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Safety Cameras

Volume 450: debated on Tuesday 24 October 2006

To ask the Secretary of State for Transport what response he has made to the finding in TRL report number 595 (table 3.18) commissioned by the Highways Agency regarding the effect of the presence of fixed speed cameras on personal injury accidents near motorway road works. (95512)

TRL report 595—which is one of a regular series examining the safety performance of traffic management at major motorway works—found no significant difference in the overall personal injury accident (PIA) rate between the 17 sites with cameras and the 12 sites without cameras. There was a 1 per cent. decrease in the proportion of fatal and serious PIAs recorded at the sites with cameras when compared to the “without works” period at the same locations. The report also explains that sites with cameras had a non-works PIA rate significantly (5 per cent. level) higher than the rate for sites without cameras, illustrating that the two types of sites had different characteristics.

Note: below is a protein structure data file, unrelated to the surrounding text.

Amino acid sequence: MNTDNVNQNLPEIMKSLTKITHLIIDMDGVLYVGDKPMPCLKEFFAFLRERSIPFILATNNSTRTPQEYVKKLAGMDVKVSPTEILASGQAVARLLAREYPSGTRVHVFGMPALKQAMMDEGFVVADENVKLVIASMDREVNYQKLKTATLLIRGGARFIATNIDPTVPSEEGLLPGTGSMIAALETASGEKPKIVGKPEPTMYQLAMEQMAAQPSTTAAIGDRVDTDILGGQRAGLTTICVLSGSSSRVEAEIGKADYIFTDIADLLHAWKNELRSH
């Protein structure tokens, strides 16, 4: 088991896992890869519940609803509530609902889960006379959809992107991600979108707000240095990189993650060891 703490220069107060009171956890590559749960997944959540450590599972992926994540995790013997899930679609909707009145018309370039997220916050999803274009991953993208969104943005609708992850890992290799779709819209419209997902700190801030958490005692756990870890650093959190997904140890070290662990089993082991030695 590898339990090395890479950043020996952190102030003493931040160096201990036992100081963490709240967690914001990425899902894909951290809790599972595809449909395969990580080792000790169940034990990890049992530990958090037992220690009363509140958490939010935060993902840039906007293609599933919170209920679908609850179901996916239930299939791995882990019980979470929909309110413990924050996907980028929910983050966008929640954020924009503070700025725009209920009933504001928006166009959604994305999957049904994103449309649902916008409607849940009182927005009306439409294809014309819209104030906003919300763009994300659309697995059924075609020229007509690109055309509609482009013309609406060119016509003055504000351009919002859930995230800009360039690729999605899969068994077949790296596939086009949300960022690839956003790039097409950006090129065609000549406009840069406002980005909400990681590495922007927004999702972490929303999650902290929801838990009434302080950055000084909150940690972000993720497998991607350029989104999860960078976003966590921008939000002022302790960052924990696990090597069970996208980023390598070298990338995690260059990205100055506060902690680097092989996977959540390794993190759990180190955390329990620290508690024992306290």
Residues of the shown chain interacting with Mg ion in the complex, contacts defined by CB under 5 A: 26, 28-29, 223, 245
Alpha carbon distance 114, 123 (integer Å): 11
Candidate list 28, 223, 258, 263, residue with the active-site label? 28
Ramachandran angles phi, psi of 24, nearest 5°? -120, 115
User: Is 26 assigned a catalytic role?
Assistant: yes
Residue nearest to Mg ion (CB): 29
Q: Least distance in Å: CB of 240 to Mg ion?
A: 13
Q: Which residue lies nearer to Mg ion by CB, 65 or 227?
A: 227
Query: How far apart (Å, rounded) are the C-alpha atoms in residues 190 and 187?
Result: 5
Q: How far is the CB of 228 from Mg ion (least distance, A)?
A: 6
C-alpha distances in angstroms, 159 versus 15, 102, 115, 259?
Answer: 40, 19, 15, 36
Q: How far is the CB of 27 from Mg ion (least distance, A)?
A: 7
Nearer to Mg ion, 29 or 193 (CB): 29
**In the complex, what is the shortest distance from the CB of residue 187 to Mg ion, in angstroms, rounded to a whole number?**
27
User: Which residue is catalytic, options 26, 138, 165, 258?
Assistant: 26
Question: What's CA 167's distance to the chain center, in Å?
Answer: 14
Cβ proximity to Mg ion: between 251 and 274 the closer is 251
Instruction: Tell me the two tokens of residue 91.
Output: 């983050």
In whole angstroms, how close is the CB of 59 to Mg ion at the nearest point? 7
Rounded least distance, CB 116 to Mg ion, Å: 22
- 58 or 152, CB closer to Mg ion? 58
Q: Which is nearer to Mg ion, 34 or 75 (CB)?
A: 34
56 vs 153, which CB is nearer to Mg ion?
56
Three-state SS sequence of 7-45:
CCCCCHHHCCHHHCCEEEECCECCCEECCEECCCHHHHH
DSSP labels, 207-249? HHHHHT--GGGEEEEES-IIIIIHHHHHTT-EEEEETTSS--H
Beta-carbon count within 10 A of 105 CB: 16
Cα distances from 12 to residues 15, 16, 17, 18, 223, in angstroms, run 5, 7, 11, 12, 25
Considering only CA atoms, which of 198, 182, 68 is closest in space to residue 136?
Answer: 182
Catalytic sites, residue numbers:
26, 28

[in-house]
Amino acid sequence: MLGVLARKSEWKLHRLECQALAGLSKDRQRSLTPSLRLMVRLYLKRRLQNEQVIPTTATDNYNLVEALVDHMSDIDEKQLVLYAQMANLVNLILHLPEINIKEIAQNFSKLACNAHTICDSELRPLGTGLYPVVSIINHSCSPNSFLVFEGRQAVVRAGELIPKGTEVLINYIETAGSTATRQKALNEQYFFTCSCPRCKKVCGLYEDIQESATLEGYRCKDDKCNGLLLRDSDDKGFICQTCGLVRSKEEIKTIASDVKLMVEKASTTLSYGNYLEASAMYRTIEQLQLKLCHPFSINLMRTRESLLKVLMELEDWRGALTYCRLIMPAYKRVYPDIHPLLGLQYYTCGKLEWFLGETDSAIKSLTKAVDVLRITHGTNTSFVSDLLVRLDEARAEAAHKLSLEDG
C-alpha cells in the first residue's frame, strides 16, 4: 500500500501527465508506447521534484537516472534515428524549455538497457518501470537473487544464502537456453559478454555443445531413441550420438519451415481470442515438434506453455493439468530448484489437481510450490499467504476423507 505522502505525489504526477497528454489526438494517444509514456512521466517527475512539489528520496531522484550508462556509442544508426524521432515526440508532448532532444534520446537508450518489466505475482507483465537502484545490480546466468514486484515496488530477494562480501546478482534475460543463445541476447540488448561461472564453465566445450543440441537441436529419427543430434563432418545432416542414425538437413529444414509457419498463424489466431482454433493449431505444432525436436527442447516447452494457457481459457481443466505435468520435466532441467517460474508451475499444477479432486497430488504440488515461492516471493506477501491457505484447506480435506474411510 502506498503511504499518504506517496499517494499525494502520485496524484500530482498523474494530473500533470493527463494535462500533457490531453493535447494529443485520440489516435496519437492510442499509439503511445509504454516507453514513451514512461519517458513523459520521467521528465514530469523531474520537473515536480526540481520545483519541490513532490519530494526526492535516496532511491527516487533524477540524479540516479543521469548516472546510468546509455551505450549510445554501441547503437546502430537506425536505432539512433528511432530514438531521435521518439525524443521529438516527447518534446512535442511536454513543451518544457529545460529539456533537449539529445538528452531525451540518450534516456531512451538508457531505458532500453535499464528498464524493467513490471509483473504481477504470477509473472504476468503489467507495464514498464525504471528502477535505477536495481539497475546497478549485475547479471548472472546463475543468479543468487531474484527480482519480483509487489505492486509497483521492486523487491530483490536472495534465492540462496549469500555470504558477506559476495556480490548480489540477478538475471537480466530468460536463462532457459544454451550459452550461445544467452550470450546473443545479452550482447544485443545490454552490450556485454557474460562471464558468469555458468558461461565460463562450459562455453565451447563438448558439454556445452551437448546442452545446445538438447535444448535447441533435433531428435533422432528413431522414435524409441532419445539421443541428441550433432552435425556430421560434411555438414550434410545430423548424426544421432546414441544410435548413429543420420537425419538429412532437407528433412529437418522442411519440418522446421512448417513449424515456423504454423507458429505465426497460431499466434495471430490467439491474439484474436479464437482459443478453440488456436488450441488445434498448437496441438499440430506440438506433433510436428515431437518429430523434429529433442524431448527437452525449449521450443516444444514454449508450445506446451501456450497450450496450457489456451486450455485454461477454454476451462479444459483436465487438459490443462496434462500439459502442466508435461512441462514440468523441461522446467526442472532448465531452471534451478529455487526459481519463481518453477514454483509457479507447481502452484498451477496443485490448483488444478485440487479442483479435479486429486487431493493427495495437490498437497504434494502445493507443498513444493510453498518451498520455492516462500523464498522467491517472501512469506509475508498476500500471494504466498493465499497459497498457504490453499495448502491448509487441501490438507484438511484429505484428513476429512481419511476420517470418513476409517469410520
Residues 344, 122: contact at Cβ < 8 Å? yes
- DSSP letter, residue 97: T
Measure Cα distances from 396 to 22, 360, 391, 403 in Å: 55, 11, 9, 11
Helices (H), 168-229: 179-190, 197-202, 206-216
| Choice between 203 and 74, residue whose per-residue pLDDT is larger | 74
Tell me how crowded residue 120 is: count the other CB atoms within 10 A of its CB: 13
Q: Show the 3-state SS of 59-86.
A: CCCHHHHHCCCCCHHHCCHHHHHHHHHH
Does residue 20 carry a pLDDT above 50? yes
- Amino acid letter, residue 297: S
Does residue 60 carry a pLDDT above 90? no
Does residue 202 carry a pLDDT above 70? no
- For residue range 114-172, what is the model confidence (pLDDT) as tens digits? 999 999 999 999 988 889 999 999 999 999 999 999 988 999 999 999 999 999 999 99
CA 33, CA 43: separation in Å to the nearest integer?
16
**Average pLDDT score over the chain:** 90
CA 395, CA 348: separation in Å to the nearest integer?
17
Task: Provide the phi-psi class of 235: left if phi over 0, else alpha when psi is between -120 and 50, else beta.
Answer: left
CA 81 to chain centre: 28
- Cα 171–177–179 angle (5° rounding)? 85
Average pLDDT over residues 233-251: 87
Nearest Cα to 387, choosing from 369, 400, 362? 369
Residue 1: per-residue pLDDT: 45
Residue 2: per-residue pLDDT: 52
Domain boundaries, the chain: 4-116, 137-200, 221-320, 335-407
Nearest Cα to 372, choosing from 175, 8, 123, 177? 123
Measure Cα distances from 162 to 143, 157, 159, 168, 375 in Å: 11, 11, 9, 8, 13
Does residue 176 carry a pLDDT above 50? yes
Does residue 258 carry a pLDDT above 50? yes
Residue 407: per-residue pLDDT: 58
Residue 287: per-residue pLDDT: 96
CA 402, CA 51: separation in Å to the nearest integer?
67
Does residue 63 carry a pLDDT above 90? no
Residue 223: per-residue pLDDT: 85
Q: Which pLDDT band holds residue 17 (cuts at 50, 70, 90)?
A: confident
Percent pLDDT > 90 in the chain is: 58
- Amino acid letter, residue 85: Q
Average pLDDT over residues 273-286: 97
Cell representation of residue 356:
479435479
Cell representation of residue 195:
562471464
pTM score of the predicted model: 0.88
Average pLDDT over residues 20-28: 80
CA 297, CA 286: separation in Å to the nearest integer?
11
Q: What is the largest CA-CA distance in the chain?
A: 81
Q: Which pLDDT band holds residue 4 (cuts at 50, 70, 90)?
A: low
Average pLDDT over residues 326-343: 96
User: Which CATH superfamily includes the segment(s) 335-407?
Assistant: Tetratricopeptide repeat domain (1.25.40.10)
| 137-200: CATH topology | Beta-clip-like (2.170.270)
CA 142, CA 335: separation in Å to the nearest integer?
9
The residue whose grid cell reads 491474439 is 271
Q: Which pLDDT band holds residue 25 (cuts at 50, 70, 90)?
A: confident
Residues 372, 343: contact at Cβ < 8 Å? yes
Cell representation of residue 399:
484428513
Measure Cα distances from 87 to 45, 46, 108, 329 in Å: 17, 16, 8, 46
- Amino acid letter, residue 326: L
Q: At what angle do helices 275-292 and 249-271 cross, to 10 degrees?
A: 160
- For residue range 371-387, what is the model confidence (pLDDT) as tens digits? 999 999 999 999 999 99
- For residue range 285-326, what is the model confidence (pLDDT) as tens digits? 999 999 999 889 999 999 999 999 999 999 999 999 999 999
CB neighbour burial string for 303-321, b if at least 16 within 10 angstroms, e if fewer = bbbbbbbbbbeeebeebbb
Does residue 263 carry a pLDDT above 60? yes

Overall, TRL report 595 showed that road works are becoming safer. Motorway road works sites previously had a much higher accident rate than motorways without road works. The report shows that we are now approaching a point where the risks are almost equal.

In 2005, five workers were killed and 12 were seriously injured in incidents on England’s motorways and major A roads. The Highways Agency shall therefore continue to take appropriate steps, such as using cameras to enforce temporary speed restrictions, to minimise the risks faced by the workforce as they carry out their difficult and essential work.

A more comprehensive evaluation of safety cameras, which examined some 4,000 sites, was published in December 2005, and found that there had been a significant reduction in casualties at camera sites overall.